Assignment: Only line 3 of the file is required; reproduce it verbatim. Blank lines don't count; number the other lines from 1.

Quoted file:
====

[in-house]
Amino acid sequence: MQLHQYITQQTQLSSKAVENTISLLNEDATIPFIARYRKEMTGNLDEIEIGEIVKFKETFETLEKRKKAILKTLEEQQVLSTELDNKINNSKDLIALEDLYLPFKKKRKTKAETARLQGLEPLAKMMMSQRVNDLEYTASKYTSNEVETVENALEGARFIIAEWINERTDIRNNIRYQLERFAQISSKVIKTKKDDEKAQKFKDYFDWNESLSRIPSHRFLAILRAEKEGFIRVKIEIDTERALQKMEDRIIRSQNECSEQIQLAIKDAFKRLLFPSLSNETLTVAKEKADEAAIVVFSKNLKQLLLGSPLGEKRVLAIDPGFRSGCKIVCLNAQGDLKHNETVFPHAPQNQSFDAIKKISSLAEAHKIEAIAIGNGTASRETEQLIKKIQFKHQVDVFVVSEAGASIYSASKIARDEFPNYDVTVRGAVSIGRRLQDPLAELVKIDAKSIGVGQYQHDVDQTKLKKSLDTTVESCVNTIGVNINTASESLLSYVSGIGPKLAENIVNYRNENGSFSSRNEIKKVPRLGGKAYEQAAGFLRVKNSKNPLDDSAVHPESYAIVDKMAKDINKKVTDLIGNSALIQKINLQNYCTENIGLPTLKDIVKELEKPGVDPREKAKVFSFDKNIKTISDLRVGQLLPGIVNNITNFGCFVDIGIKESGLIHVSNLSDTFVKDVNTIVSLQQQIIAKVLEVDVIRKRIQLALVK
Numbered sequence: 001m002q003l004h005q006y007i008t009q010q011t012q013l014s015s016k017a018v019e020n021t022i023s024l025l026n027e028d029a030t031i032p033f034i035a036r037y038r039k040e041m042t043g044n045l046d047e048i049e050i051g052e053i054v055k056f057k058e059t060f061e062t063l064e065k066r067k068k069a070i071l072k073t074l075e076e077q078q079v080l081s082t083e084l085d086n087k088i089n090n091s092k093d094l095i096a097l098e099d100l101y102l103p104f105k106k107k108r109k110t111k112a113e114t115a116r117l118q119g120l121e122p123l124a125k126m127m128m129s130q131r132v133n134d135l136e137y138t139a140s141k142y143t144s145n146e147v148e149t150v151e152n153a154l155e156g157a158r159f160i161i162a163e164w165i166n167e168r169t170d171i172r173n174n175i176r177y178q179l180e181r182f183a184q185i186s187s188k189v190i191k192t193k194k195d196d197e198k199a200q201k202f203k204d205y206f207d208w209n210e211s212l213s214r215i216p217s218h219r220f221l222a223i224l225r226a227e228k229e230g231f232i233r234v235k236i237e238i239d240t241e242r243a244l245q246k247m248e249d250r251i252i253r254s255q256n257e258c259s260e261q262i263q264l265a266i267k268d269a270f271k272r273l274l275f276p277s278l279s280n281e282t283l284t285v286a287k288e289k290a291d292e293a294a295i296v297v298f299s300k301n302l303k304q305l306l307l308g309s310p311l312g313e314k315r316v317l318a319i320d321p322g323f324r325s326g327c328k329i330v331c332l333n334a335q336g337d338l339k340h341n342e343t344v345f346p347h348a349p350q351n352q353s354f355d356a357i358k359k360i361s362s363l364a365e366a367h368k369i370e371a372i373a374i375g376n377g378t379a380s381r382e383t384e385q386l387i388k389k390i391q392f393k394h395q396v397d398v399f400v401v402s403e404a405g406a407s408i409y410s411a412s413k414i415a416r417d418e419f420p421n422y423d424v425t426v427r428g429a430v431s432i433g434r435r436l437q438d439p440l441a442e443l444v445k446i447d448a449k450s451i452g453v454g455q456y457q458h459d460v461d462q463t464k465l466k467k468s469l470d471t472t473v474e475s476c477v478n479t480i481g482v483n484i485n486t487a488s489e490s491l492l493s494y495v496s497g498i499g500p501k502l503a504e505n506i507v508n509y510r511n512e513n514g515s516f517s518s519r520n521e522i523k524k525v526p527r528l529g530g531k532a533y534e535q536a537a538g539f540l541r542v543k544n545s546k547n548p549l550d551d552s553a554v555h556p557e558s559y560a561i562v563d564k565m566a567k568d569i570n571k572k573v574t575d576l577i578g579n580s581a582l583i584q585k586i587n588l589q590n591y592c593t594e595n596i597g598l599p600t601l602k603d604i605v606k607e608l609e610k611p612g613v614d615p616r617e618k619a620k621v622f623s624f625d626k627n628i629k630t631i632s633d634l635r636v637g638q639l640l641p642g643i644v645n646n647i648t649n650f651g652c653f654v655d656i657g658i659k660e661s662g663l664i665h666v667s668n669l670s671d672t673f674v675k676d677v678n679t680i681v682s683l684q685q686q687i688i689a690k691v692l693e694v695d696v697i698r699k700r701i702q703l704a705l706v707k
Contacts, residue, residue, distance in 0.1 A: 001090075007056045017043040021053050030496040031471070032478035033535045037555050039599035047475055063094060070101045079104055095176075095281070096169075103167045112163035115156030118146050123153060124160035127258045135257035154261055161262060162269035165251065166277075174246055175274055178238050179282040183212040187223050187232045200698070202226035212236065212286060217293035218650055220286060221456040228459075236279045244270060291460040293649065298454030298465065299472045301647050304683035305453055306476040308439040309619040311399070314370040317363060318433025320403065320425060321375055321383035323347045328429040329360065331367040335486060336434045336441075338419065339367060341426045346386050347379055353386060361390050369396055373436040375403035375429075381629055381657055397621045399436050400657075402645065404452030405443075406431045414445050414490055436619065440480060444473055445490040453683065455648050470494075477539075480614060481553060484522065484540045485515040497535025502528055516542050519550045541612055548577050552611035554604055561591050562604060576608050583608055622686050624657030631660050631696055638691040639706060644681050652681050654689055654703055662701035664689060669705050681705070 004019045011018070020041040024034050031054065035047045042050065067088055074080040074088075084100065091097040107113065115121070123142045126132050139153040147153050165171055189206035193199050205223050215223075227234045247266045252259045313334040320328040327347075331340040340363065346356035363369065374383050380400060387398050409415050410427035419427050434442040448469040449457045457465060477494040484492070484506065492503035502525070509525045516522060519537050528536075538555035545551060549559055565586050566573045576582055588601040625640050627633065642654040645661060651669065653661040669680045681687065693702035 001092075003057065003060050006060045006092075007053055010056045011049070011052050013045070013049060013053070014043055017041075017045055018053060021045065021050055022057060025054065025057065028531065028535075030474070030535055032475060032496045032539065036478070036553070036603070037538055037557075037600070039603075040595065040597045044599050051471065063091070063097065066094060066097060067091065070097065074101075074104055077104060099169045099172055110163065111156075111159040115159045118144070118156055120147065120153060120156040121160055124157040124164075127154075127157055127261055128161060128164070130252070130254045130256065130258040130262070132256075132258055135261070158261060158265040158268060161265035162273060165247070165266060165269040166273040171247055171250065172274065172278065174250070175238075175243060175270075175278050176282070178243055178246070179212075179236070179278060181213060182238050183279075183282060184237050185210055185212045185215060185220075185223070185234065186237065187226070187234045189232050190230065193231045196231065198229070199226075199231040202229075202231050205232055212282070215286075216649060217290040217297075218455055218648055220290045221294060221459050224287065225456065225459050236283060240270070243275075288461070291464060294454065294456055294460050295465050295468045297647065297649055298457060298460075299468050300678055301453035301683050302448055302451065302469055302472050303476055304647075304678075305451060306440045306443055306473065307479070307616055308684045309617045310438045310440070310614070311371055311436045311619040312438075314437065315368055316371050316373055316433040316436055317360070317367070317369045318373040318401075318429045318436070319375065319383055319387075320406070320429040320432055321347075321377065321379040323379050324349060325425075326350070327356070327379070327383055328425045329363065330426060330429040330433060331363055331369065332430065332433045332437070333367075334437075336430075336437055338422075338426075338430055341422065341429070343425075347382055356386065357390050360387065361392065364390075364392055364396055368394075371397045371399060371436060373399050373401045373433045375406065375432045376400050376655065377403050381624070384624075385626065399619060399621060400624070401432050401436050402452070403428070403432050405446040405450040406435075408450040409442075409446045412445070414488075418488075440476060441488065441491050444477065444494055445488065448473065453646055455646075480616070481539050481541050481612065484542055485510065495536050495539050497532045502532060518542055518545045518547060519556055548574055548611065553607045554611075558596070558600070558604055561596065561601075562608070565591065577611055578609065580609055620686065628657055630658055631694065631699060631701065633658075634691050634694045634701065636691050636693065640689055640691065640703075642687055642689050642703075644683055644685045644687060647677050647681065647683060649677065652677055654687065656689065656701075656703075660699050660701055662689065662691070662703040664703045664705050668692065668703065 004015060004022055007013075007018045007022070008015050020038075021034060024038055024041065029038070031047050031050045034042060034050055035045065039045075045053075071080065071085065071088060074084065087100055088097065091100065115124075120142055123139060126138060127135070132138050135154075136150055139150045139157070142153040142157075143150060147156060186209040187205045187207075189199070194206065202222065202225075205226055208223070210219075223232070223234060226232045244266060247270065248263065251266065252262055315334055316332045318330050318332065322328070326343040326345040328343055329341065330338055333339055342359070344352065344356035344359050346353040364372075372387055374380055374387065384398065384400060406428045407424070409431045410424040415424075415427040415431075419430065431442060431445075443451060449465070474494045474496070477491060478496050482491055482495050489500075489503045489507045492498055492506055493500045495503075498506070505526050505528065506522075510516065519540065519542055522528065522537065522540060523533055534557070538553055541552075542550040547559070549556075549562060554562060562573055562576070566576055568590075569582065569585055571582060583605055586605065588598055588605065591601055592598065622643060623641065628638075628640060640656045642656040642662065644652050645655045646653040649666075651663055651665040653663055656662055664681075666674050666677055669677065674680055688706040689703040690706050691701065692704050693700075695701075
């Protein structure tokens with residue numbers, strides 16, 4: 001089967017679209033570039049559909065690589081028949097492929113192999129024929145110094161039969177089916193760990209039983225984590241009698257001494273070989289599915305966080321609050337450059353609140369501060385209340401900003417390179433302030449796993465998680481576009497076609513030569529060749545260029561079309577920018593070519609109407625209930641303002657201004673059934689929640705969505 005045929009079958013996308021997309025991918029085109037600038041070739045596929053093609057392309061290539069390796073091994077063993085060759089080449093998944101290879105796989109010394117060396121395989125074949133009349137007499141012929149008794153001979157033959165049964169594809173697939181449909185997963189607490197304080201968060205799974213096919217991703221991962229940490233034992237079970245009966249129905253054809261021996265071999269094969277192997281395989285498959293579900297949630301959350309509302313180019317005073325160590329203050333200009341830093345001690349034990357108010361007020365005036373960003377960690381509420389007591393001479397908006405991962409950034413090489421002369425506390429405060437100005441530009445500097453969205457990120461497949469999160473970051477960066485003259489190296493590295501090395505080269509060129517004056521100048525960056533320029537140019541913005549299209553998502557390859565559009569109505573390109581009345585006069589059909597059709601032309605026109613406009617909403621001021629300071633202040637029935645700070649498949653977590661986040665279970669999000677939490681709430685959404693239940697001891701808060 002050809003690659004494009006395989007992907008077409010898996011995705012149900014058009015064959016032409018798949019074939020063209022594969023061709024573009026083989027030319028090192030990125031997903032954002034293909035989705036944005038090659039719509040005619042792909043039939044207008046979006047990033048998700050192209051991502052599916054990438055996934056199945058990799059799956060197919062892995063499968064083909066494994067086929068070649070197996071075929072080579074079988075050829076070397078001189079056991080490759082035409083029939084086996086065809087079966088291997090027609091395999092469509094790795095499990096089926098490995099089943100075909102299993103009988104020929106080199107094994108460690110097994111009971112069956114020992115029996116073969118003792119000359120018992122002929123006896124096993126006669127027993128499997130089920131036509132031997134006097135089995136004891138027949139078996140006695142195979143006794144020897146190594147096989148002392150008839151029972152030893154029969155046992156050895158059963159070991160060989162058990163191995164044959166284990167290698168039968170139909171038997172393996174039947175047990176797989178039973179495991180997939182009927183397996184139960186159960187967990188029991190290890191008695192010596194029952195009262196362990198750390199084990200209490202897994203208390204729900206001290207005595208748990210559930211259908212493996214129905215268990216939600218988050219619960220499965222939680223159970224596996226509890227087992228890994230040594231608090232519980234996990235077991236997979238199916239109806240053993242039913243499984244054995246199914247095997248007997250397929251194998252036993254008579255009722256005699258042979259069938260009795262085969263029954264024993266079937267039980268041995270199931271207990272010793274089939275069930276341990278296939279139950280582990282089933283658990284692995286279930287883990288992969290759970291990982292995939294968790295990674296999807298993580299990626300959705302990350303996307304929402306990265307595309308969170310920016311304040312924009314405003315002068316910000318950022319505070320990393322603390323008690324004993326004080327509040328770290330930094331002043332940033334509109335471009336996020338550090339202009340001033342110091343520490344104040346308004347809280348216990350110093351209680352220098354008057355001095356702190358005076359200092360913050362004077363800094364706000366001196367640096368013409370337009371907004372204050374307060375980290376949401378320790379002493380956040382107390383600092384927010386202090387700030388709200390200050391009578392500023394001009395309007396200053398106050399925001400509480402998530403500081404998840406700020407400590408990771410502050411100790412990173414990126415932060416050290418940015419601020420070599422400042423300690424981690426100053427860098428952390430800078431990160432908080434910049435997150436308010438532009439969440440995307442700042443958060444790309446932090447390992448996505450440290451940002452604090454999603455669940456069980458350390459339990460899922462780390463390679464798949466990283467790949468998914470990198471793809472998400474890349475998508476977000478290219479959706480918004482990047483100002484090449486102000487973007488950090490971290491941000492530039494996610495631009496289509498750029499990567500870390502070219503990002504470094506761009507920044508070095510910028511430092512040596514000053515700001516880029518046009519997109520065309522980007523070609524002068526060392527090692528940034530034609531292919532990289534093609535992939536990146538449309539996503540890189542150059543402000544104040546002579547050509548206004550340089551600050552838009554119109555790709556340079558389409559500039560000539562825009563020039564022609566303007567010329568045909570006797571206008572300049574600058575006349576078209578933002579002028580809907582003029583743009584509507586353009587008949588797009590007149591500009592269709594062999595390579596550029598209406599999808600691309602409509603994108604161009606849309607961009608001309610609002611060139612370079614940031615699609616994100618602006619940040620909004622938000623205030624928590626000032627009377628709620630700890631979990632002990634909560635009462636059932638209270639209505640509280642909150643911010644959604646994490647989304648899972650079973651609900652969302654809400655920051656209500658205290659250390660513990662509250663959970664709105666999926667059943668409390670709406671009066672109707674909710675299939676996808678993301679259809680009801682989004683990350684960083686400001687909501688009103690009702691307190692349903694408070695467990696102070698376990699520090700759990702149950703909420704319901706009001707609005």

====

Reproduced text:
Numbered sequence: 001m002q003l004h005q006y007i008t009q010q011t012q013l014s015s016k017a018v019e020n021t022i023s024l025l026n027e028d029a030t031i032p033f034i035a036r037y038r039k040e041m042t043g044n045l046d047e048i049e050i051g052e053i054v055k056f057k058e059t060f061e062t063l064e065k066r067k068k069a070i071l072k073t074l075e076e077q078q079v080l081s082t083e084l085d086n087k088i089n090n091s092k093d094l095i096a097l098e099d100l101y102l103p104f105k106k107k108r109k110t111k112a113e114t115a116r117l118q119g120l121e122p123l124a125k126m127m128m129s130q131r132v133n134d135l136e137y138t139a140s141k142y143t144s145n146e147v148e149t150v151e152n153a154l155e156g157a158r159f160i161i162a163e164w165i166n167e168r169t170d171i172r173n174n175i176r177y178q179l180e181r182f183a184q185i186s187s188k189v190i191k192t193k194k195d196d197e198k199a200q201k202f203k204d205y206f207d208w209n210e211s212l213s214r215i216p217s218h219r220f221l222a223i224l225r226a227e228k229e230g231f232i233r234v235k236i237e238i239d240t241e242r243a244l245q246k247m248e249d250r251i252i253r254s255q256n257e258c259s260e261q262i263q264l265a266i267k268d269a270f271k272r273l274l275f276p277s278l279s280n281e282t283l284t285v286a287k288e289k290a291d292e293a294a295i296v297v298f299s300k301n302l303k304q305l306l307l308g309s310p311l312g313e314k315r316v317l318a319i320d321p322g323f324r325s326g327c328k329i330v331c332l333n334a335q336g337d338l339k340h341n342e343t344v345f346p347h348a349p350q351n352q353s354f355d356a357i358k359k360i361s362s363l364a365e366a367h368k369i370e371a372i373a374i375g376n377g378t379a380s381r382e383t384e385q386l387i388k389k390i391q392f393k394h395q396v397d398v399f400v401v402s403e404a405g406a407s408i409y410s411a412s413k414i415a416r417d418e419f420p421n422y423d424v425t426v427r428g429a430v431s432i433g434r435r436l437q438d439p440l441a442e443l444v445k446i447d448a449k450s451i452g453v454g455q456y457q458h459d460v461d462q463t464k465l466k467k468s469l470d471t472t473v474e475s476c477v478n479t480i481g482v483n484i485n486t487a488s489e490s491l492l493s494y495v496s497g498i499g500p501k502l503a504e505n506i507v508n509y510r511n512e513n514g515s516f517s518s519r520n521e522i523k524k525v526p527r528l529g530g531k532a533y534e535q536a537a538g539f540l541r542v543k544n545s546k547n548p549l550d551d552s553a554v555h556p557e558s559y560a561i562v563d564k565m566a567k568d569i570n571k572k573v574t575d576l577i578g579n580s581a582l583i584q585k586i587n588l589q590n591y592c593t594e595n596i597g598l599p600t601l602k603d604i605v606k607e608l609e610k611p612g613v614d615p616r617e618k619a620k621v622f623s624f625d626k627n628i629k630t631i632s633d634l635r636v637g638q639l640l641p642g643i644v645n646n647i648t649n650f651g652c653f654v655d656i657g658i659k660e661s662g663l664i665h666v667s668n669l670s671d672t673f674v675k676d677v678n679t680i681v682s683l684q685q686q687i688i689a690k691v692l693e694v695d696v697i698r699k700r701i702q703l704a705l706v707k